TEACHERS IN TRANSITION: STUDY OF AN AGING TEACHING FORCE
John P. Miller, Gilbert Taylor and Karen Walker.
Volume 11 Number 5.
This study was undertaken to examine how teachers experience the stages of adult development. One aspect of the study compares the research on teachers with general research on adult development. Another aspect focuses on the effects of school systems having stable, aging teaching staff as a result of declining enrolments.
The works of Daniel Levinson and of Gail Sheehy provided the model for general research on the stages of development. The authors interviewed thirty men and twenty-six women volunteers from one school board. Most of the book consists of quotations from the interviews. As well, approximately six hundred questionnaires were distributed to elementary and secondary teachers asking them to rate the degree of satisfaction with their teaching careers. A copy of the survey is included in the appendix.
The scope of the study is indicated in the following chapter headings: "The Twenties and Early Thirties: Frustration and Commitment," "Late Thirties and Early Forties: Questioning and Crossover," and "Late Forties and Fifties: Towards Fulfilment."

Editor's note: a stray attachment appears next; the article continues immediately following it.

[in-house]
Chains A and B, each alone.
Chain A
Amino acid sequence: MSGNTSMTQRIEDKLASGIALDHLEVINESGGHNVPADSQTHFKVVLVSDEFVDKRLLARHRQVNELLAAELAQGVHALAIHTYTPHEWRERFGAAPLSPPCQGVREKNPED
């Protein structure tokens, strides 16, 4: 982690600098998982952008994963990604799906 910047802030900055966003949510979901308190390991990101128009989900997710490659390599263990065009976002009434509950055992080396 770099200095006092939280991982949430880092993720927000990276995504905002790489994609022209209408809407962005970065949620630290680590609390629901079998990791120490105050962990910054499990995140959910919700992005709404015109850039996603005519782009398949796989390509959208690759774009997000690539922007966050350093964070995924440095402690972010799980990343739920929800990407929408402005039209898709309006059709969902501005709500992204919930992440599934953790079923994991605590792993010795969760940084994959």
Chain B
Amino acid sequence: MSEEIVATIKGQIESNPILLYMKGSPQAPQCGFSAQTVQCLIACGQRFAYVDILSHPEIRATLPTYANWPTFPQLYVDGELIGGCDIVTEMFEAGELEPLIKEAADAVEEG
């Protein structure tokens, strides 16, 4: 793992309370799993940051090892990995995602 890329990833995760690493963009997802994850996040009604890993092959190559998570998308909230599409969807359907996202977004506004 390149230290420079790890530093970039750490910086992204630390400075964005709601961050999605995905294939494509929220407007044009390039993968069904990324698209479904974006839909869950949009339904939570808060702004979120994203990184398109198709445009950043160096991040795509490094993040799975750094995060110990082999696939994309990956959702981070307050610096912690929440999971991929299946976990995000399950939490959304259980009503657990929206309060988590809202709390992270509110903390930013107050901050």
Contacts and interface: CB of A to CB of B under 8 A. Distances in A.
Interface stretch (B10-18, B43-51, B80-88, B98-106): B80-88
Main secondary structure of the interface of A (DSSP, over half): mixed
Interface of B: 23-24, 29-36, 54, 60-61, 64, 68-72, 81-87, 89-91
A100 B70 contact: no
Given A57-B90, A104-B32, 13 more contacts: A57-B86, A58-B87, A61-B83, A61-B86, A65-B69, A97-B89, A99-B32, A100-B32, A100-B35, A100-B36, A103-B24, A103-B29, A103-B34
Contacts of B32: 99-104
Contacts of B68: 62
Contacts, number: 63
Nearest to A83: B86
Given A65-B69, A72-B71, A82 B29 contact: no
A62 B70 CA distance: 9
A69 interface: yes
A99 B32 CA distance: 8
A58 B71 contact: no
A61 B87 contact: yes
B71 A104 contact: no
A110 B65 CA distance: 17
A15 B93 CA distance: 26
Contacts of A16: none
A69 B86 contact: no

The last chapter, "Summary and Discussion," is interesting and enlightening. It points out the implications of the findings for principals and people in leadership positions and concludes with the following suggested solution to the problem of an aging teaching force: "the research indicates adults seek wholeness... It could be argued that this search for wholeness will have a positive impact on children. If we as adults experience our life as fragmented, then this fragmentation will affect the students. However, if teachers can be encouraged by boards in their search for wholeness through leaves, mentoring, affirmative action, then they should be more able to confront realistically the negative effects of declining enrolment in school systems."
Recommended reading for teachers, school administrators, and staff development personnel.
Anna L. Holman, Faculty of Education, University of Western Ontario, London, ON.
1971-1979 | 1980-1985 | 1986-1990 | 1991-1995
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